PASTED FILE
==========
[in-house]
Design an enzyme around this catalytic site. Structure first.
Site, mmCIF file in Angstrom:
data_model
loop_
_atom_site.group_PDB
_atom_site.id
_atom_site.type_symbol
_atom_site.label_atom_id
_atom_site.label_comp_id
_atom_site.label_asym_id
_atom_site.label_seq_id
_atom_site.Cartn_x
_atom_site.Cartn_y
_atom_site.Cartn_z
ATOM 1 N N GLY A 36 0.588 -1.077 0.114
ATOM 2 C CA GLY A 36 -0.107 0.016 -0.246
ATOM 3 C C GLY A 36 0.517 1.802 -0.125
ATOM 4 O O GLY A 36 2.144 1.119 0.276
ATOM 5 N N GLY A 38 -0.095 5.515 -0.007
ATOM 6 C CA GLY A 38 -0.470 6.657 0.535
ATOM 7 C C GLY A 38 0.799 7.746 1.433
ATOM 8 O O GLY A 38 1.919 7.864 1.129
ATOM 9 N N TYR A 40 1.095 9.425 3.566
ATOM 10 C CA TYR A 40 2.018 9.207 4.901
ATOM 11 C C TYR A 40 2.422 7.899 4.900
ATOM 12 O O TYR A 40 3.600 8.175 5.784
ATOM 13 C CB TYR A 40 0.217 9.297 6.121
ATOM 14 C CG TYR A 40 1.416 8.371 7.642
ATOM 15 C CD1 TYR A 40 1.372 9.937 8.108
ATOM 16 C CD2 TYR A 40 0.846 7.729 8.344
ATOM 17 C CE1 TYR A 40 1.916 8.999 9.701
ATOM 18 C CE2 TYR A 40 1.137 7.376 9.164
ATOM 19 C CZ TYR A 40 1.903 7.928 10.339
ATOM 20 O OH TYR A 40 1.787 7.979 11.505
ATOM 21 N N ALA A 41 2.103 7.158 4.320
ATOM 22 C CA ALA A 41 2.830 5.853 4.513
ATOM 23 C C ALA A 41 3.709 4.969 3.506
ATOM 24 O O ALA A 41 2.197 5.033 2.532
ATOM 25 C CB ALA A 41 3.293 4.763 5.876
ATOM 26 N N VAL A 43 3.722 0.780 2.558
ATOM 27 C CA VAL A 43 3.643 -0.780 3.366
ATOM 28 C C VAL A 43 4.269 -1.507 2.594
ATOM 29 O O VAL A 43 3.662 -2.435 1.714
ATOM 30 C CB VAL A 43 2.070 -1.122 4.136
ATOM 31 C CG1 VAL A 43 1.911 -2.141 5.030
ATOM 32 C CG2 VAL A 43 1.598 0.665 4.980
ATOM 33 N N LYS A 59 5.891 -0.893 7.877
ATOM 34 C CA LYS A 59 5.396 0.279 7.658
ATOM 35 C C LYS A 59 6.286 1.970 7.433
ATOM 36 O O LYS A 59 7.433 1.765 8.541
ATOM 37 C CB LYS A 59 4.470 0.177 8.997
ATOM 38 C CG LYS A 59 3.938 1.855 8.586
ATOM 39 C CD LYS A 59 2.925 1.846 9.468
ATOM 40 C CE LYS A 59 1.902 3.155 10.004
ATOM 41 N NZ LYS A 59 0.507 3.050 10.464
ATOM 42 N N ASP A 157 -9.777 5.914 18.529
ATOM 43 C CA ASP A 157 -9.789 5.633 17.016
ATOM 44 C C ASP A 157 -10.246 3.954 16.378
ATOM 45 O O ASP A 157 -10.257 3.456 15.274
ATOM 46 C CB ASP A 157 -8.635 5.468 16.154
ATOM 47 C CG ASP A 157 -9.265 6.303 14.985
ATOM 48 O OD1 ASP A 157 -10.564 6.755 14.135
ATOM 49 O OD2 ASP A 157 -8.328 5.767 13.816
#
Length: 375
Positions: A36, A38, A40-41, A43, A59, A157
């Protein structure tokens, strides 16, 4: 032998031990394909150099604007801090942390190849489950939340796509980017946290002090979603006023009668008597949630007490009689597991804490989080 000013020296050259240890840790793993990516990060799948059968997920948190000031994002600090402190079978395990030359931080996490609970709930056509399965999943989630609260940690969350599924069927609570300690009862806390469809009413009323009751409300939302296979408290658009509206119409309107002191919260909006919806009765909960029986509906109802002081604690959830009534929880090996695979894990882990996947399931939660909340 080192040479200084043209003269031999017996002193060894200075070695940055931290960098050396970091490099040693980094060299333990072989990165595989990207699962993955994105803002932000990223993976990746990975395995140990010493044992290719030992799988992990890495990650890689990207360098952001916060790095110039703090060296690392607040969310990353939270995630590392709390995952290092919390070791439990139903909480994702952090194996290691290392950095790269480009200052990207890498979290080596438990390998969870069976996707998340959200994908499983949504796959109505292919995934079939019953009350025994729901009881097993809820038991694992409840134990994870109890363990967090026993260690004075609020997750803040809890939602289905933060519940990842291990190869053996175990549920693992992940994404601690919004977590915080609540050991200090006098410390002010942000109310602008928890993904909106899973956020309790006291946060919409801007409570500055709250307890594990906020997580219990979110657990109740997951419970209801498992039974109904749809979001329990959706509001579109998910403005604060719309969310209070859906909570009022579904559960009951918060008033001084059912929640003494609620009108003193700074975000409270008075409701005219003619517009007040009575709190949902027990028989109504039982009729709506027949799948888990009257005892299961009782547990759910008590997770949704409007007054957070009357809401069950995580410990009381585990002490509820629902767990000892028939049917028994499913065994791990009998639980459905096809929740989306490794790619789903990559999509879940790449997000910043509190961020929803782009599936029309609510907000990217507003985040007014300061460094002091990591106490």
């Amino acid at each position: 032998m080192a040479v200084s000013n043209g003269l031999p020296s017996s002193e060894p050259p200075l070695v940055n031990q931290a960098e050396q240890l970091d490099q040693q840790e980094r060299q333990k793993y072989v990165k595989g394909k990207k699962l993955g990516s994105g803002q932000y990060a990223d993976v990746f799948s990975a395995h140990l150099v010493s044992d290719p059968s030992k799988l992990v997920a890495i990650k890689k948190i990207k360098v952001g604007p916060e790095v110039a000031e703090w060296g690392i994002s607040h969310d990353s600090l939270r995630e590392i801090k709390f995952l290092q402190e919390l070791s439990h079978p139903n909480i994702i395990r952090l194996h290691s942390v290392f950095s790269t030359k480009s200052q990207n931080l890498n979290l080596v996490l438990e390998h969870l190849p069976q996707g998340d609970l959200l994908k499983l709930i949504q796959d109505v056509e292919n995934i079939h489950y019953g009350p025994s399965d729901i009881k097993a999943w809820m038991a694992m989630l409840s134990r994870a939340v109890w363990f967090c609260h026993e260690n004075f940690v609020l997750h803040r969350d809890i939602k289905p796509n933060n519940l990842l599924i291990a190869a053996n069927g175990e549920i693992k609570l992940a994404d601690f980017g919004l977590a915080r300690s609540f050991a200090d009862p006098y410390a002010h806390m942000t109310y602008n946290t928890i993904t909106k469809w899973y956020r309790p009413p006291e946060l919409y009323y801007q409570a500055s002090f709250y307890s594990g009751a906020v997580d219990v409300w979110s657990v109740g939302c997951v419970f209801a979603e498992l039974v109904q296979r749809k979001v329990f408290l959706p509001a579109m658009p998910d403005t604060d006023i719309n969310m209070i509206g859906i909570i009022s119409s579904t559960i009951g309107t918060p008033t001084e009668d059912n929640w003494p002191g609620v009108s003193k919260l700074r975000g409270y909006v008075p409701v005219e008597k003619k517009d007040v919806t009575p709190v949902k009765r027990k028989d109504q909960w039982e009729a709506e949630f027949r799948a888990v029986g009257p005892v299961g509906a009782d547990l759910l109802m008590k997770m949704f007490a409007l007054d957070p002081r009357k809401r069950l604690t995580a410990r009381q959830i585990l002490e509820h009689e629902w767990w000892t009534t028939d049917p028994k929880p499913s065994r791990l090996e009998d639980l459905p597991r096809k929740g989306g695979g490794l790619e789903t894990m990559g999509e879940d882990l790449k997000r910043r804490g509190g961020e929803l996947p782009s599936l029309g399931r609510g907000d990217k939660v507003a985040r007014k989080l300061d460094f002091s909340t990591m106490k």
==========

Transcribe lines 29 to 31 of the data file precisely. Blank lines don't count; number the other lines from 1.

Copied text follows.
ATOM 14 C CG TYR A 40 1.416 8.371 7.642
ATOM 15 C CD1 TYR A 40 1.372 9.937 8.108
ATOM 16 C CD2 TYR A 40 0.846 7.729 8.344